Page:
TGIF

It continues to be a busy week.  As Healthcare Dives reports, the Senate confirmed Alex Azar to be Secretary of the Health and Human Services Department. Meanwhile, the President’s nominations to be OPM Director and OPM Deputy Director continue to cool their heels due to Sen. Ron Johnson’s hold. The FEHBlog can find no news about the status of those nominations. Mysterious and unfortunate in the FEHBlog’s view.

The FEHBlog recalls that about five years ago OPM was pushing a government initiative called Blue Button which would allow you to download your claims history into a spreadsheet. The initiative lost steam according to this government website. Never fear. Apple plans to permit hospitals and other healthcare providers to download your electronic medical record (more likely keys parts of it) into your phone. Becker’s Hospital Review discusses the Apple initiative which makes a lot of sense.

On the opioid crisis front, the Federal Trade Commission and HHS’s SAMHSA unit released a consumer factsheet yesterday with tips on how get the right help of opioid addiction.  Meanwhile and disturbingly, Beckers Hospital Review reports that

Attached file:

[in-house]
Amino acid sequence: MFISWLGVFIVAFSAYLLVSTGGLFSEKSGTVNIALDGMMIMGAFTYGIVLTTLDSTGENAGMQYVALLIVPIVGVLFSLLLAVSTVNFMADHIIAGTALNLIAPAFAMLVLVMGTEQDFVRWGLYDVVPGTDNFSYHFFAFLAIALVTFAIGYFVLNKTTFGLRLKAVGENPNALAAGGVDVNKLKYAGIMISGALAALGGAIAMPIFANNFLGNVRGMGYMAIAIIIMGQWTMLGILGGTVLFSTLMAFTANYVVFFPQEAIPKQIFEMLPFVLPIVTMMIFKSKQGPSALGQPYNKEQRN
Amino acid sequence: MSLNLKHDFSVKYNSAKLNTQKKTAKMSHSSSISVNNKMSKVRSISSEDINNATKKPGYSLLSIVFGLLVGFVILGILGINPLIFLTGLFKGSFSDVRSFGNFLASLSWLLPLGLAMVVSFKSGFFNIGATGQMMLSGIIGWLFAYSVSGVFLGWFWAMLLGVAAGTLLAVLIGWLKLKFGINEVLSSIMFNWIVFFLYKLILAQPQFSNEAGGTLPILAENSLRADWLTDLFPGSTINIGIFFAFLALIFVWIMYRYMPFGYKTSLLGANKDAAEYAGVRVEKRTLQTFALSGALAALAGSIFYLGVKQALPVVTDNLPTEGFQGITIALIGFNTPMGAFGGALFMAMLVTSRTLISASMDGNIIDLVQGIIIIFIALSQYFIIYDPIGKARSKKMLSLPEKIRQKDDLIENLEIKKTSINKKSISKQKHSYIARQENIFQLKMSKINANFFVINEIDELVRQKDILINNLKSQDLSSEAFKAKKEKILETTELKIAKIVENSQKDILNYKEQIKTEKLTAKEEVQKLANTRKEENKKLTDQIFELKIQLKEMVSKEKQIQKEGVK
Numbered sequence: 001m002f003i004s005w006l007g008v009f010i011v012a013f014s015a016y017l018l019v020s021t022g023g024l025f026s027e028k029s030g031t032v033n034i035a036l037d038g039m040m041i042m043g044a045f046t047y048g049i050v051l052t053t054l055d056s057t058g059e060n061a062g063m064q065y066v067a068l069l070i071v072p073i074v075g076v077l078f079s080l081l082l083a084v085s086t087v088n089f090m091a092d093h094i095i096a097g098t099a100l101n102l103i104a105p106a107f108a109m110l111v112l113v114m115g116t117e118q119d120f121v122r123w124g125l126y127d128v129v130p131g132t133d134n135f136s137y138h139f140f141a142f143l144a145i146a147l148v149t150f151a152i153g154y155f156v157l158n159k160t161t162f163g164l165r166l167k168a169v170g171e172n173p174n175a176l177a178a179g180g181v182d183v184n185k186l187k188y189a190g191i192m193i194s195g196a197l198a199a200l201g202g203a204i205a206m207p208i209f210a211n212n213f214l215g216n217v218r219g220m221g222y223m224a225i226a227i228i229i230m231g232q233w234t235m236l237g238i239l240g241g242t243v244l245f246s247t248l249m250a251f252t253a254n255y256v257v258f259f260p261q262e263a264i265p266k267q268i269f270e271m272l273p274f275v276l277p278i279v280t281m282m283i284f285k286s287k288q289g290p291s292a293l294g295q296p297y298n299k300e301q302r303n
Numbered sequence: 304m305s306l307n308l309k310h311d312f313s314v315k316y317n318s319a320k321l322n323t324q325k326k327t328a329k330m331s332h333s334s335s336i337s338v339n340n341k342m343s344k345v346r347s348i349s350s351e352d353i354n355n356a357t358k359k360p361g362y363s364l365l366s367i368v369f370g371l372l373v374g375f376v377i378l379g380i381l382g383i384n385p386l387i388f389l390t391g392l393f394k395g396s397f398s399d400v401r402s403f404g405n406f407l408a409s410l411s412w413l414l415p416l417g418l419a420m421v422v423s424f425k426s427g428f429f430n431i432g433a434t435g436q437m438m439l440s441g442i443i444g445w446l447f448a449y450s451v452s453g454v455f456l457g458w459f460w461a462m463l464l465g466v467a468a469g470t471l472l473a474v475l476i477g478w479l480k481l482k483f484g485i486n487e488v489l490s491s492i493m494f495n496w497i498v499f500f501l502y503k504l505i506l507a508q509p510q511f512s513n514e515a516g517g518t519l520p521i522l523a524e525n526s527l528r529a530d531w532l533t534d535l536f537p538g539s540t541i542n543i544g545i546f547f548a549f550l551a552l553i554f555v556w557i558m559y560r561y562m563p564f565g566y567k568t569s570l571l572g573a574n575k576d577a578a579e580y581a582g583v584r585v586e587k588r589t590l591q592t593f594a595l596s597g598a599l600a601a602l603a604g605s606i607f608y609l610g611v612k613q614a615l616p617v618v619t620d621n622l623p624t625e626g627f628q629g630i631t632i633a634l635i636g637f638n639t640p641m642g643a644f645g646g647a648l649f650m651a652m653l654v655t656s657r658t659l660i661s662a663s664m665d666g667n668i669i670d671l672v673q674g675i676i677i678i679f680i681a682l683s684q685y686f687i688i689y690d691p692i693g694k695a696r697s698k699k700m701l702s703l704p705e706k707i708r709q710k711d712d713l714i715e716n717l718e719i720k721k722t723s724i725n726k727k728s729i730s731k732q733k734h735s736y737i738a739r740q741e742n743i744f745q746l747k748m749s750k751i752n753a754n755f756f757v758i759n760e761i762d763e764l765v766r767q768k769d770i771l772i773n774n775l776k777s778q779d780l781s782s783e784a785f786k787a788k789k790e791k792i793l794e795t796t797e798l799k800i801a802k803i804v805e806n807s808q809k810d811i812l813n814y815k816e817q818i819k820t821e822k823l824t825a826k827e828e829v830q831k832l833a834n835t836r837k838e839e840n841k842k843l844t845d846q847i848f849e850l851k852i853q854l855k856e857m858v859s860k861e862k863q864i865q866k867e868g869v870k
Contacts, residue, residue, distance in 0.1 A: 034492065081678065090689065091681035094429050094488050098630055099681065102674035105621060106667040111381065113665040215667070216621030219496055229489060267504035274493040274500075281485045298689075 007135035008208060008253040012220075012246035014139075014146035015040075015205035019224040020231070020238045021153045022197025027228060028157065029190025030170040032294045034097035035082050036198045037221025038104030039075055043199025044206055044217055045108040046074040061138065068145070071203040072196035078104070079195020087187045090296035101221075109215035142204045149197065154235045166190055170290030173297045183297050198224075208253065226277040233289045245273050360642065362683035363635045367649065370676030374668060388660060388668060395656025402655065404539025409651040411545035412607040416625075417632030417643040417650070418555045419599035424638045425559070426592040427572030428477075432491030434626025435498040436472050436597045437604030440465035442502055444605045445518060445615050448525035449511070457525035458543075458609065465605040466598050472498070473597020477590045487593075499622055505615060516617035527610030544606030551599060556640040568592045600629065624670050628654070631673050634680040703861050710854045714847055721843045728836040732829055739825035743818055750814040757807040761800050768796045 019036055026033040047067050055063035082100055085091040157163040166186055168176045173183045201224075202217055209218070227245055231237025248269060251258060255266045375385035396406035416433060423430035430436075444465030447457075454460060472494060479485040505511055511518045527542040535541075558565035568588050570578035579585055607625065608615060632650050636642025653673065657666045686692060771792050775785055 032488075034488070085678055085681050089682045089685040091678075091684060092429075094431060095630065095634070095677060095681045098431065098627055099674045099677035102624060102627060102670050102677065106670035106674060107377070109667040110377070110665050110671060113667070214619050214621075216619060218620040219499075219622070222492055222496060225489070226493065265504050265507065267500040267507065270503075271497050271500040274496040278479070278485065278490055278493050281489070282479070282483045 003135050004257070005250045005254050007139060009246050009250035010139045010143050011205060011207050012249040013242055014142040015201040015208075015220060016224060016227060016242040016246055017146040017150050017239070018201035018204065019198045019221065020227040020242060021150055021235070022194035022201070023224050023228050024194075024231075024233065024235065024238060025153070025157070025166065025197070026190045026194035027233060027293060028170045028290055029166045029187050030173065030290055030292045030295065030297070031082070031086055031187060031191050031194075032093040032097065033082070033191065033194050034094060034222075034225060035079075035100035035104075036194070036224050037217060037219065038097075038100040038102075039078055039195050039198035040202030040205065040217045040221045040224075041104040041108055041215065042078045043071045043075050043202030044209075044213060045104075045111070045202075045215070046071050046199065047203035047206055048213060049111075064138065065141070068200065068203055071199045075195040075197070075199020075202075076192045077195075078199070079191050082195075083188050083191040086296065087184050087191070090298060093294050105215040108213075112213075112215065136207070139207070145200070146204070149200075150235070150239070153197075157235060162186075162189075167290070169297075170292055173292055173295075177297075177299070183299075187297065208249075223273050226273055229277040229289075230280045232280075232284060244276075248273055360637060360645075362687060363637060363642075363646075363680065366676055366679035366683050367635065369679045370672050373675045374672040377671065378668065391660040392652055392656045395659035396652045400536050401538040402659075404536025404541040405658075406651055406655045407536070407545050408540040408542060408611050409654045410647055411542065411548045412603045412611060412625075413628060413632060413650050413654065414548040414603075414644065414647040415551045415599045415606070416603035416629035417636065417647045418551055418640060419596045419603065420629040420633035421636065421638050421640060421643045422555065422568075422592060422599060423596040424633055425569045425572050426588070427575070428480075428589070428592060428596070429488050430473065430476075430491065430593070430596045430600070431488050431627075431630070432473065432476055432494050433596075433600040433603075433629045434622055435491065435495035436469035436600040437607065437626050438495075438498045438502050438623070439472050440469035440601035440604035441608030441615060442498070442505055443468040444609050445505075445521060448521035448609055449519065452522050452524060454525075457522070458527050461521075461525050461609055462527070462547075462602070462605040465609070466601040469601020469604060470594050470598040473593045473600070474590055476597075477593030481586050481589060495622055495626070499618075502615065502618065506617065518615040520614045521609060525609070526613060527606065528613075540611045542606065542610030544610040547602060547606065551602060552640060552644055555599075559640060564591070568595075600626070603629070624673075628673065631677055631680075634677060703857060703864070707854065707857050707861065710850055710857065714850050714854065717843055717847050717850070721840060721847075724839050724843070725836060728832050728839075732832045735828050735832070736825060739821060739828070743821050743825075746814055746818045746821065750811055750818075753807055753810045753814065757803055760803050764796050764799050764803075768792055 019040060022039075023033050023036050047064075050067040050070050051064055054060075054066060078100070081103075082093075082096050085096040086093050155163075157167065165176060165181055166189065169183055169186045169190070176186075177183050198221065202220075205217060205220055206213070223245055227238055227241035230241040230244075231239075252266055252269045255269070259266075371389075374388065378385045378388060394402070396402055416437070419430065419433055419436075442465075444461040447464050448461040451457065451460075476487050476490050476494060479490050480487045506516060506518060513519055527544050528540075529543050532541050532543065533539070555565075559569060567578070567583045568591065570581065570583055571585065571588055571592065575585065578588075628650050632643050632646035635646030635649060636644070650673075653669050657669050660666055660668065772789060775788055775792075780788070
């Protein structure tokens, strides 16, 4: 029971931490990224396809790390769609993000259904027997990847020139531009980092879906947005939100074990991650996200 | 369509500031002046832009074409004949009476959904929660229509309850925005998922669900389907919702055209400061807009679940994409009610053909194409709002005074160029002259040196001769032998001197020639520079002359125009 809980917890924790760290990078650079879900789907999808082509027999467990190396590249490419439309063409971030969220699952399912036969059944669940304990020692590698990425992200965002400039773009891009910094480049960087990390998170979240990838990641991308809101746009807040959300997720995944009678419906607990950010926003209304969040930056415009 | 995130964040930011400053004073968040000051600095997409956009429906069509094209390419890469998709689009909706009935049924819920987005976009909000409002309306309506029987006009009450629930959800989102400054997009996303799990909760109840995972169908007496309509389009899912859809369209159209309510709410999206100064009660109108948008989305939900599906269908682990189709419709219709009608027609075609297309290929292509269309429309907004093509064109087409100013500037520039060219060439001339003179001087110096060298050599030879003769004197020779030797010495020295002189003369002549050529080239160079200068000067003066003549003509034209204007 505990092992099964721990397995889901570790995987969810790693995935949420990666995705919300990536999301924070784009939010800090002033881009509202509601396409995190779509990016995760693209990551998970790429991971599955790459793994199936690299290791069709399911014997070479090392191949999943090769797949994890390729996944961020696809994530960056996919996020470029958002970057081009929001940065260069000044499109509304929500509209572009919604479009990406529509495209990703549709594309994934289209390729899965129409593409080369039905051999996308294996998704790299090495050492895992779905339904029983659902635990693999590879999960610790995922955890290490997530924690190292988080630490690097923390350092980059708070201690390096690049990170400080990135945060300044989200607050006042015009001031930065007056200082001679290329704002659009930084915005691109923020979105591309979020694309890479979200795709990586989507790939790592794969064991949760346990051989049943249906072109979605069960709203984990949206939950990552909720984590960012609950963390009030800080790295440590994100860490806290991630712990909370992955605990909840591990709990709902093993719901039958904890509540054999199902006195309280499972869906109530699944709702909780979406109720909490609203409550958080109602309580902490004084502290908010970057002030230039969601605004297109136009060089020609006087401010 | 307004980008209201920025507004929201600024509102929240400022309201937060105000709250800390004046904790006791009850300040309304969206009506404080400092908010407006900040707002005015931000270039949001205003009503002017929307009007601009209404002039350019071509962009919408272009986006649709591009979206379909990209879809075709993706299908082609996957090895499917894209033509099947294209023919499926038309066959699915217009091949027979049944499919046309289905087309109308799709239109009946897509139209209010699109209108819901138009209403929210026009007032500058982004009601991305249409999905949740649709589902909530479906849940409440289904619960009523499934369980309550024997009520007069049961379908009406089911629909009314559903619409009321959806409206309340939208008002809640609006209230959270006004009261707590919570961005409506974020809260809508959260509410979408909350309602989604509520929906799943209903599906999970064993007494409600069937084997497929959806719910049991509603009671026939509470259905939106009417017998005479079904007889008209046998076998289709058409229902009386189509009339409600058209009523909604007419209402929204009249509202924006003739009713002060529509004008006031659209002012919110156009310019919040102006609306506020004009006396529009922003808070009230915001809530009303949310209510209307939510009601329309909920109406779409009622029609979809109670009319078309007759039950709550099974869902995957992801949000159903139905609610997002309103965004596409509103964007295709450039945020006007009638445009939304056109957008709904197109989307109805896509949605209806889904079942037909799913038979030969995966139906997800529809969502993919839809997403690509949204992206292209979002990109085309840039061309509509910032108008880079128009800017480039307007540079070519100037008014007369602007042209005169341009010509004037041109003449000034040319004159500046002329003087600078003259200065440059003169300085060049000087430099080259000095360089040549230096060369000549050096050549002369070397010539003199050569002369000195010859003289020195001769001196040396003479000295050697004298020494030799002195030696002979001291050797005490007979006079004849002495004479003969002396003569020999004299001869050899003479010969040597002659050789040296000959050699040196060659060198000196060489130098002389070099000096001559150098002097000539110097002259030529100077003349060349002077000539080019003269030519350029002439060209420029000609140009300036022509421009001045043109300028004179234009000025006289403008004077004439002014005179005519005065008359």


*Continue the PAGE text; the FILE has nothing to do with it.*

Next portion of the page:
United States residents purchased nearly $800 million worth of fentanyl pills from China over the internet in two years [and delivered by the Postal Service], according to a Senate investigations report released Wednesday. The 104-page bipartisan report produced by the Senate Homeland Security Committee is the result of a yearlong Senate investigation.

Fentanyl is a dangerous synthetic opioid that you can’t just pick up at CVS. The report explains that

Commercial shippers like UPS and FedEx are required to provide U.S. Customs and Border Protection with information about the origin and contents of the packages prior to their arrival. However, customs officials do not receive information on all packages shipped through the United States Postal Service. The volume of shipments and the limited information made available from certain foreign postal services make identifying packages containing illicit drugs difficult.

Loopholes as W.C. Fields remarked.  Opioid distribution, e.g., heroin, fentanyl, has returned to being principally a law enforcement issue. The fallout from opioids remains a key concern for providers and payers, in the FEHBlog’s view.

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